Presidential candidates from both parties used Martin Luther King Jr. Day over the long holiday weekend to connect the legacy of the civil rights leader to their own campaign messages and policy proposals. Here’s how some of them did it.
The Democratic presidential candidate marched in Charleston, S.C., on Monday and spoke on the steps of the statehouse, where she commended the removal of the Confederate flag and called for an end to gun violence.
“The spirit of those who came before should live within everyone who strives to uproot the systemic inequities that remain,” Clinton said.
“… If you want change, it starts with you. So on this Martin Luther King Day, as we remember this giant of history, let us also think of Sybrina Fulton and everyone who gets up every morning and takes a very deep breath and gets to work trying to make a difference in our country and in the world,” she said, mentioning Trayvon Martin’s mother, who endorsed Clinton for president.
“I wonder if Dr. King was with us today, what would he say about a nation in which the top one tenth of one percent own more wealth than the bottom 90%?” Sanders said.
In the Democratic debate on Sunday, O’Malley mentioned King as he spoke about the shooting at a historically black church in Charleston that left nine worshipers dead in June.
“I was born the year Dr. King delivered his ‘I Have a Dream’ speech. And I want to thank the people of South Carolina not only for hosting our debate here tonight, but also for what you taught all of us in the aftermath of the tragic shooting at Mother Emmanuel Church. You taught us in fact, in keeping with Dr. King’s teaching, that love would have the final word when you took down the Confederate flag from your state house, let go of the past, and move forward,” O’Malley said.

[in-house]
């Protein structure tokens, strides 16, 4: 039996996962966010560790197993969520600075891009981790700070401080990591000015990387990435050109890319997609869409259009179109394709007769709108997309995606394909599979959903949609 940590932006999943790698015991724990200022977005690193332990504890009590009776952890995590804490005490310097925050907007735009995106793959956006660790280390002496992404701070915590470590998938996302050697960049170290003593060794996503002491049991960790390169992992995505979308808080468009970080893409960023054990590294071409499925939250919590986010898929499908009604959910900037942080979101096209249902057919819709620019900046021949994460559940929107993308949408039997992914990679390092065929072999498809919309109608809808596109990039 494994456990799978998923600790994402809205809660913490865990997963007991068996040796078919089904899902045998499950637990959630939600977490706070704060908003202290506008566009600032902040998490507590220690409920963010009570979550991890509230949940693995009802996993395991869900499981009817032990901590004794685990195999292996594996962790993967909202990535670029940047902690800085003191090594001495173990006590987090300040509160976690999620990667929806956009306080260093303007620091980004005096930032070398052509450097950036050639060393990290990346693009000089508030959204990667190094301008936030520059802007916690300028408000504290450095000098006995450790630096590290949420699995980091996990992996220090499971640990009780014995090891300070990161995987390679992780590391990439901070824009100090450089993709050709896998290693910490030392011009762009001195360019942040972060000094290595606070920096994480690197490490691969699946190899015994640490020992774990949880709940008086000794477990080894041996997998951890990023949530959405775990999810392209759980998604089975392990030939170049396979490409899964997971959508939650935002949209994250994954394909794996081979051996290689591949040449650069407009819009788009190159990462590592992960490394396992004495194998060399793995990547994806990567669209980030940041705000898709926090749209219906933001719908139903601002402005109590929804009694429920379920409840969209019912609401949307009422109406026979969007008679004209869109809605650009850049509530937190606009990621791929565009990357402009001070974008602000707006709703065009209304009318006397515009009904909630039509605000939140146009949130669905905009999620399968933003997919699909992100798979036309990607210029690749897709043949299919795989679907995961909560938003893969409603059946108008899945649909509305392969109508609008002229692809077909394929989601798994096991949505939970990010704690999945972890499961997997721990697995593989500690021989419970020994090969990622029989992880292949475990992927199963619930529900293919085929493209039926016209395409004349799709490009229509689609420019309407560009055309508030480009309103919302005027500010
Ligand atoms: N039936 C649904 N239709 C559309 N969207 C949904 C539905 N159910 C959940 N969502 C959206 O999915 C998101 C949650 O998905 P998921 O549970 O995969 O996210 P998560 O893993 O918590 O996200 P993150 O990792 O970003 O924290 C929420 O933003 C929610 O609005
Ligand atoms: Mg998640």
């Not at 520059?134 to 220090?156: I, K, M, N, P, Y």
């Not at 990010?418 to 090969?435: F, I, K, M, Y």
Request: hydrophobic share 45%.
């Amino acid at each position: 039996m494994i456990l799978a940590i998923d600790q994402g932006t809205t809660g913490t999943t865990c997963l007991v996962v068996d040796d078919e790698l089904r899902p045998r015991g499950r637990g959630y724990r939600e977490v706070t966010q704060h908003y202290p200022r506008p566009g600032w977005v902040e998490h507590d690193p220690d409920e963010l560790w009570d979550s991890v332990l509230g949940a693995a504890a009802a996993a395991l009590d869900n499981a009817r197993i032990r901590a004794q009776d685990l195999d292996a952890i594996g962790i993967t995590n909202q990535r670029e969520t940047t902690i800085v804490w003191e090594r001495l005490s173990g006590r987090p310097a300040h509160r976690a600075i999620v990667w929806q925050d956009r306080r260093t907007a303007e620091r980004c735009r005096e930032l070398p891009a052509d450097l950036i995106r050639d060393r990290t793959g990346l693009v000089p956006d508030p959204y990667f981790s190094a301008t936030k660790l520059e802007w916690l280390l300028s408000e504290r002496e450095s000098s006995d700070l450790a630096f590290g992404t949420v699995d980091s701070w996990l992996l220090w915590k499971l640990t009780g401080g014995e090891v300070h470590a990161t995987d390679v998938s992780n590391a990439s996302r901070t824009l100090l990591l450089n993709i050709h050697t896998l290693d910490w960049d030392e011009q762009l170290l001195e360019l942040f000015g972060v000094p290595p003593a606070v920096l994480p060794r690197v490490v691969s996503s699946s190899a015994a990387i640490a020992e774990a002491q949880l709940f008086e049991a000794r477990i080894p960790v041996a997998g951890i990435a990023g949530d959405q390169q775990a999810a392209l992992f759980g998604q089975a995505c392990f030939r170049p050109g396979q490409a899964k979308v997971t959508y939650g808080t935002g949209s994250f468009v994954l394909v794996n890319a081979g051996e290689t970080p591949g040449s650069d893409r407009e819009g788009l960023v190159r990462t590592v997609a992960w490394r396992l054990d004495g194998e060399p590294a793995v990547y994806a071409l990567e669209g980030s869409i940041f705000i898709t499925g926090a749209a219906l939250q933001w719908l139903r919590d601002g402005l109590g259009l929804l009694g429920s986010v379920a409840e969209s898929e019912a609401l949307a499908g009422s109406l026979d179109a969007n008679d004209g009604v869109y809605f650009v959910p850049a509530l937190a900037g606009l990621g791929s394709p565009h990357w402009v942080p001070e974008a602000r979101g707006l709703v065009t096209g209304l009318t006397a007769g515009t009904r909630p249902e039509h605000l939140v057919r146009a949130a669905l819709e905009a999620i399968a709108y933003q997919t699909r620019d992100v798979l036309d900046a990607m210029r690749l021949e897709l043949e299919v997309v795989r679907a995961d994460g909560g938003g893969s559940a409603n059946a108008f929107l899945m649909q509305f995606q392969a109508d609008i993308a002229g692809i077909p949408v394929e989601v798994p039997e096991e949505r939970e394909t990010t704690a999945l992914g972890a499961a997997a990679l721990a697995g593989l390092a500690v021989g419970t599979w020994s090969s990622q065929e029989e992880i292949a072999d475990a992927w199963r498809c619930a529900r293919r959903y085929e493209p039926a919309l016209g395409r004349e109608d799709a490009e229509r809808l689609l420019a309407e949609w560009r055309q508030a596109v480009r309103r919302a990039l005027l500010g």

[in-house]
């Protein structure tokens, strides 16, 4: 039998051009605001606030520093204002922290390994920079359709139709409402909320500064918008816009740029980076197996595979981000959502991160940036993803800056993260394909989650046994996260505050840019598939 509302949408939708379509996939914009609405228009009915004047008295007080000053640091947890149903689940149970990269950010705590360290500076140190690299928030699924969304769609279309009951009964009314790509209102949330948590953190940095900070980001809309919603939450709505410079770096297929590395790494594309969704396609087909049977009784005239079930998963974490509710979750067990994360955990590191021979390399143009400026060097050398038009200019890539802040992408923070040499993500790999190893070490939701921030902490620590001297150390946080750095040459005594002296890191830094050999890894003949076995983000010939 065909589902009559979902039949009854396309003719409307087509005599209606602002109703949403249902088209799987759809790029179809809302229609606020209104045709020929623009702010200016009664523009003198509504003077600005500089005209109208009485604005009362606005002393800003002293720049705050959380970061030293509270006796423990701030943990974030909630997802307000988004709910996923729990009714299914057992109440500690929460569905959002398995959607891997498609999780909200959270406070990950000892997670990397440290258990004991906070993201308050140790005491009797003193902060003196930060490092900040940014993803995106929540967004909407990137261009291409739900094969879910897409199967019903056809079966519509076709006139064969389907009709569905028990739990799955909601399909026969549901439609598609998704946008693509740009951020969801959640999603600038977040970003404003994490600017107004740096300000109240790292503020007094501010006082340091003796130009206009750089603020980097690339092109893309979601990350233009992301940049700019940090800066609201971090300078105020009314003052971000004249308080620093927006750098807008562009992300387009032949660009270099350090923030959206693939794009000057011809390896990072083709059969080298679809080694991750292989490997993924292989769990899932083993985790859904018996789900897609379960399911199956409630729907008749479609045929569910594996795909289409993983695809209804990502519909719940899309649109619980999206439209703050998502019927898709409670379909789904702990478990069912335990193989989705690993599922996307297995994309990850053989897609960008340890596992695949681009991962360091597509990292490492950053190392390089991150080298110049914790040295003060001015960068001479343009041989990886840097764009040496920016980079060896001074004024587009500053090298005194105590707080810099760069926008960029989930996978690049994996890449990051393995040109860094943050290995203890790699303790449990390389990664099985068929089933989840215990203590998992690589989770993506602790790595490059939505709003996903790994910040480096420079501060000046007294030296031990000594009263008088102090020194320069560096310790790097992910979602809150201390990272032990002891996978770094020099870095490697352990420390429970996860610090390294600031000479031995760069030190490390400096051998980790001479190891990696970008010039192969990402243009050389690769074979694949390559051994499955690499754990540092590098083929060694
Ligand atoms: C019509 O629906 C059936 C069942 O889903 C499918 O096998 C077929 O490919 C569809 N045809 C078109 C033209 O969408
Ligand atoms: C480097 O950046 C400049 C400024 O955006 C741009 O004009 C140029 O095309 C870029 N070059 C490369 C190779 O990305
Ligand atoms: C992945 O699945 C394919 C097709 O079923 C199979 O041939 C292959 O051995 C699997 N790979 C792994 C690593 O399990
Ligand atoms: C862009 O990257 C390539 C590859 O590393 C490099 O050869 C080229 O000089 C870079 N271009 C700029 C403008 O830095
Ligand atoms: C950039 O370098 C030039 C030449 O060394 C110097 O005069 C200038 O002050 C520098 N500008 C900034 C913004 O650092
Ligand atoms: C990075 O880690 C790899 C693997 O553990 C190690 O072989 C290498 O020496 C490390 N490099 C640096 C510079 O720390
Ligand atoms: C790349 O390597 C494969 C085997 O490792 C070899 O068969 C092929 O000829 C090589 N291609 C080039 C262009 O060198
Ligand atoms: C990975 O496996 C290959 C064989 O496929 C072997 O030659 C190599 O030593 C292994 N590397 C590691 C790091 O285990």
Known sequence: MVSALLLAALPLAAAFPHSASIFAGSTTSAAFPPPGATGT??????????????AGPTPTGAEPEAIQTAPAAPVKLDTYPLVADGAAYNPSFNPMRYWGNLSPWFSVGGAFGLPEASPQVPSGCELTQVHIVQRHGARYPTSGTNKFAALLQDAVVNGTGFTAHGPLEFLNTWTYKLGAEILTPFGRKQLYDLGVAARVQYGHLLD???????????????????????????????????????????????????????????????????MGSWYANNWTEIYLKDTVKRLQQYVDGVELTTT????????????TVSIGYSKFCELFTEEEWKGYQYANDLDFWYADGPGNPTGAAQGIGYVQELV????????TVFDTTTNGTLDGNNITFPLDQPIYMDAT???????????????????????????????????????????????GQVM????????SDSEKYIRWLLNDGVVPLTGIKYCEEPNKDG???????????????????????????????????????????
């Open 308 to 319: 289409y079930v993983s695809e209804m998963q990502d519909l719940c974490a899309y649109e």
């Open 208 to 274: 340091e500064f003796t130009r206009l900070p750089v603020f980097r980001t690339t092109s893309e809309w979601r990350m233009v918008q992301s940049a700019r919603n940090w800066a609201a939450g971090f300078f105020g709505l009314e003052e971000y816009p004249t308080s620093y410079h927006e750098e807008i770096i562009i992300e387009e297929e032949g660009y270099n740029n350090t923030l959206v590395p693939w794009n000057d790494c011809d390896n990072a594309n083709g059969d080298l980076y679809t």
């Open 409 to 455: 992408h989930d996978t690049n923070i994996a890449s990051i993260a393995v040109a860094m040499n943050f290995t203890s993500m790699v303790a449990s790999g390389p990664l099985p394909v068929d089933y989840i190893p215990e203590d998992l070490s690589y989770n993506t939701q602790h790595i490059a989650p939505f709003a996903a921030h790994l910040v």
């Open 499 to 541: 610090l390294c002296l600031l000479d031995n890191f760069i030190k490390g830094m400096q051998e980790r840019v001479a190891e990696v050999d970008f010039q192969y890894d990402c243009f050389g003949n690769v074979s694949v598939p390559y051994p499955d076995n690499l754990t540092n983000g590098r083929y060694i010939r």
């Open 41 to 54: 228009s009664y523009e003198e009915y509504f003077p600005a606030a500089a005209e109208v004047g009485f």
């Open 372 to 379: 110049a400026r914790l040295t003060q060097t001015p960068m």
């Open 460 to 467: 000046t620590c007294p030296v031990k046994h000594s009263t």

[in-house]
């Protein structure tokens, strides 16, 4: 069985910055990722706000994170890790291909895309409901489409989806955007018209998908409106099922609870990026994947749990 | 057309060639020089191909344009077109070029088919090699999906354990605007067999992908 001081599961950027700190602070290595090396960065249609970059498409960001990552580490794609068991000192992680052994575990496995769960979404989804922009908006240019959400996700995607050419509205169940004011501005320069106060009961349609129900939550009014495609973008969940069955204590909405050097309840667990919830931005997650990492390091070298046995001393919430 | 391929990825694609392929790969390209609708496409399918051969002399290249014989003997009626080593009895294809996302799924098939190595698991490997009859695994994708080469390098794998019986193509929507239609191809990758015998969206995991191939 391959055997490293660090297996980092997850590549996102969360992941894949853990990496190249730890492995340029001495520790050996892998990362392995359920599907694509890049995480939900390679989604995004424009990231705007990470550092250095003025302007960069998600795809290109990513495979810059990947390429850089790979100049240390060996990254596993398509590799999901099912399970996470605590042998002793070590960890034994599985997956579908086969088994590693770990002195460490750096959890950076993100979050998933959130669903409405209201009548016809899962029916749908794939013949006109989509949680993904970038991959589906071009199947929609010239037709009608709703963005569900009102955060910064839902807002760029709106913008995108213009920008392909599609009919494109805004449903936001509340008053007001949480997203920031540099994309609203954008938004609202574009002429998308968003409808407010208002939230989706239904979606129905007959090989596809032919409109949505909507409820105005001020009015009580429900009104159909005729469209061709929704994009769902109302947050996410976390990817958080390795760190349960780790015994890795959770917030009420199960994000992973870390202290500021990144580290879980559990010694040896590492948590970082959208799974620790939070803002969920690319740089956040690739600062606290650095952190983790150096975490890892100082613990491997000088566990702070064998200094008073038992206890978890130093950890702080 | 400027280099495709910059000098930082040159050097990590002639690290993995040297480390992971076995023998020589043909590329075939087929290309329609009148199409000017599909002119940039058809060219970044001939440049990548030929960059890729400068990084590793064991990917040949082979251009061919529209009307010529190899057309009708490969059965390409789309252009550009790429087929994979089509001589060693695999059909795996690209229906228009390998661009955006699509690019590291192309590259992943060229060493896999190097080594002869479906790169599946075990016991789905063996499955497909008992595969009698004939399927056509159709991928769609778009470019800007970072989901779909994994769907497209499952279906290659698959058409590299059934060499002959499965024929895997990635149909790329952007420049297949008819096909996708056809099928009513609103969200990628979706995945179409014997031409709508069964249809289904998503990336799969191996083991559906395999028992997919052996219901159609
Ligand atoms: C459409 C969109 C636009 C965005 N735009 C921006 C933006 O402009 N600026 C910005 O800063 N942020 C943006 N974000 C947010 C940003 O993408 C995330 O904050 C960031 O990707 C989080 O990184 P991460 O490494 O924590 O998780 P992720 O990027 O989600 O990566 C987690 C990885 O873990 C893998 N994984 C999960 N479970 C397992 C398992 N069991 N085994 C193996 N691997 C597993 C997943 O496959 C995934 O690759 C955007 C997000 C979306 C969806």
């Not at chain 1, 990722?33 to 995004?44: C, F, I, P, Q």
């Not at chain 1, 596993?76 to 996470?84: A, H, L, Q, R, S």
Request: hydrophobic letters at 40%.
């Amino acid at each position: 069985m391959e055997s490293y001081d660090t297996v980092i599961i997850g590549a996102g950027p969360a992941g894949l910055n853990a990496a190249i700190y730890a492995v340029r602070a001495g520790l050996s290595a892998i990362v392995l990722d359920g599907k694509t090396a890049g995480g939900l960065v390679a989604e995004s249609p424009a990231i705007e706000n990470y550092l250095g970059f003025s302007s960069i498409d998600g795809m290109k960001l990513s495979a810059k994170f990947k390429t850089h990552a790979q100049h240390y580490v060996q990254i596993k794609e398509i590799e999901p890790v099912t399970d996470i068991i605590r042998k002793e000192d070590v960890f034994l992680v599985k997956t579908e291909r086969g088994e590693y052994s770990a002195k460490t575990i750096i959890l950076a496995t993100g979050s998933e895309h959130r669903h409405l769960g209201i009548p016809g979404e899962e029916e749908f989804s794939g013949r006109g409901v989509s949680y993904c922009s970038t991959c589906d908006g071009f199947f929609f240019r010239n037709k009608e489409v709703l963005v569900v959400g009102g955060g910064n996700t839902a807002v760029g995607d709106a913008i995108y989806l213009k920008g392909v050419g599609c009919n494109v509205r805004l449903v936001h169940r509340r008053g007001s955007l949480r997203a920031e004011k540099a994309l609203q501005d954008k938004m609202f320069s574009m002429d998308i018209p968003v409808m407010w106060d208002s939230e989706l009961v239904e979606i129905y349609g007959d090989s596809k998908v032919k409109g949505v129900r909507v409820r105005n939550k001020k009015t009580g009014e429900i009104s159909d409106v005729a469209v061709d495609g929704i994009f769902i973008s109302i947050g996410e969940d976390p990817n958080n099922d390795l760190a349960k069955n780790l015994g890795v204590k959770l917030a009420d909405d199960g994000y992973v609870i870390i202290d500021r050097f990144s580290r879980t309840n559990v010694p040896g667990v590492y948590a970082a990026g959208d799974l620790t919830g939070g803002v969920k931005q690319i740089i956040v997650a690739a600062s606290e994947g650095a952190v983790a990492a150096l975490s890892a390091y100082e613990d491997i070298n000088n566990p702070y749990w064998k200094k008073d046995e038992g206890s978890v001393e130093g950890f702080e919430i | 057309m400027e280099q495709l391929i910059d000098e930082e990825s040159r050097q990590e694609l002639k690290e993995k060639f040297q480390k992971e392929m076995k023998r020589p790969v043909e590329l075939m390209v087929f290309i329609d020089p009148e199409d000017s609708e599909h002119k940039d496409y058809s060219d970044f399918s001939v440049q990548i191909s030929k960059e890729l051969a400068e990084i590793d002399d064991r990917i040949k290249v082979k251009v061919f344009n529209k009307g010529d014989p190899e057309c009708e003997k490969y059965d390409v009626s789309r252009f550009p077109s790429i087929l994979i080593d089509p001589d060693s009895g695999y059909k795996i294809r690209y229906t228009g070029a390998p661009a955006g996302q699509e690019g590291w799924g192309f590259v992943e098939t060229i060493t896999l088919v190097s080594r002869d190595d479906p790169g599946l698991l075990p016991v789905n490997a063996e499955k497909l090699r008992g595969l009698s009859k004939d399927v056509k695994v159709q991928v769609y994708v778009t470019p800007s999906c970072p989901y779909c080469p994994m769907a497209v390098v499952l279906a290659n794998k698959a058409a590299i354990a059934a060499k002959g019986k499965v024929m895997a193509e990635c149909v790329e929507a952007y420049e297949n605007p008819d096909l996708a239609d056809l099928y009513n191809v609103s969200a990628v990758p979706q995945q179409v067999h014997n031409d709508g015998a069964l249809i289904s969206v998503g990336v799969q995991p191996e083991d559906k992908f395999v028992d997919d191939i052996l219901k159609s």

In his speech at Liberty University, Trump dedicated what he said was a record-setting crowd to the civil rights leader.
“It’s an honor to be here, and especially on Martin Luther King Day. We broke the record—you know we had the record for about three or four years the last time, and the first thing I said to Jerry and Becki [Falwell] when I got here: ‘Did we break the record?’ They said, ‘Yes, you did, by quite a bit.’ So we’ll dedicate that to Martin Luther King, a great man. And that’s a little bit of an achievement, I will tell you.”
Rubio released a statement commending King and the examples he set for the country.
“In the 21st century, we must follow the example set forth by Dr. King and expand the American Dream to ensure every American has access to equal opportunity,” Rubio said.
“On the Eve of his death, Dr. King stated, “We have an opportunity to make America a better nation. I may not get there with you. But I want you to know tonight that we, as a people, will get to the promised land.” It is now in our hands to stand united and continue to make our nation a better place for future generations.”
“As the nation honors Dr. Martin Luther King and his legacy today, I firmly believe that ensuring every individual has access to a quality education is the great civil rights challenge of our time,” Bush said.
Cruz used the holiday named for the civil rights leader to announce an endorsement by African-American Baptist minister Reverend CL Bryant.
“Rev. Dr. Martin Luther King Jr. is a man for whom I have the utmost admiration and respect,” Cruz said. “King’s persistent, patient campaign against injustice, his wisdom, and his legacy continue to inspire generations of Americans. Now more than ever, we must accept King’s challenge to give the world an example of harmony and brotherhood. I am honored to have the support of Reverend CL Bryant, a minister who loves freedom and challenges injustice with a passion urgently needed in our times. I look forward to his leadership in the African-American community as we rally against the disastrous policies of the left and toward a bright American future.”